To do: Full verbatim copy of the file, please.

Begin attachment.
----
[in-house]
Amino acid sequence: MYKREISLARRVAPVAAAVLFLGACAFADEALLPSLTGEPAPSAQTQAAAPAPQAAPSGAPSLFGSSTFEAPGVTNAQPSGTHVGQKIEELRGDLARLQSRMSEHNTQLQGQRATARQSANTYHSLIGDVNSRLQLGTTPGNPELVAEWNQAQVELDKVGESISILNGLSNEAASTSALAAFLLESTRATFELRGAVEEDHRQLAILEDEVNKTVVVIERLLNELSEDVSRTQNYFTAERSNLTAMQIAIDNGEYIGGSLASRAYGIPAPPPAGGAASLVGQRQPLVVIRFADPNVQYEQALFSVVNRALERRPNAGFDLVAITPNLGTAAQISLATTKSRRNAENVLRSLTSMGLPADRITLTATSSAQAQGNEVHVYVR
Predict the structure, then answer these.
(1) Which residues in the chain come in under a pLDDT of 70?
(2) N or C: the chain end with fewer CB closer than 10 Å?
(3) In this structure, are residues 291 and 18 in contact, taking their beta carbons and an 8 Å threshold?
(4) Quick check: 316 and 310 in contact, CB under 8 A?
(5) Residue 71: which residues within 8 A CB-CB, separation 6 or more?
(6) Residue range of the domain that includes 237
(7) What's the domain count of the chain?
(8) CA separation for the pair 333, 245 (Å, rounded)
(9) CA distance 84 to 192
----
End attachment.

[in-house]
Amino acid sequence: MYKREISLARRVAPVAAAVLFLGACAFADEALLPSLTGEPAPSAQTQAAAPAPQAAPSGAPSLFGSSTFEAPGVTNAQPSGTHVGQKIEELRGDLARLQSRMSEHNTQLQGQRATARQSANTYHSLIGDVNSRLQLGTTPGNPELVAEWNQAQVELDKVGESISILNGLSNEAASTSALAAFLLESTRATFELRGAVEEDHRQLAILEDEVNKTVVVIERLLNELSEDVSRTQNYFTAERSNLTAMQIAIDNGEYIGGSLASRAYGIPAPPPAGGAASLVGQRQPLVVIRFADPNVQYEQALFSVVNRALERRPNAGFDLVAITPNLGTAAQISLATTKSRRNAENVLRSLTSMGLPADRITLTATSSAQAQGNEVHVYVR
Predict the structure, then answer these.
(1) Which residues in the chain come in under a pLDDT of 70?
(2) N or C: the chain end with fewer CB closer than 10 Å?
(3) In this structure, are residues 291 and 18 in contact, taking their beta carbons and an 8 Å threshold?
(4) Quick check: 316 and 310 in contact, CB under 8 A?
(5) Residue 71: which residues within 8 A CB-CB, separation 6 or more?
(6) Residue range of the domain that includes 237
(7) What's the domain count of the chain?
(8) CA separation for the pair 333, 245 (Å, rounded)
(9) CA distance 84 to 192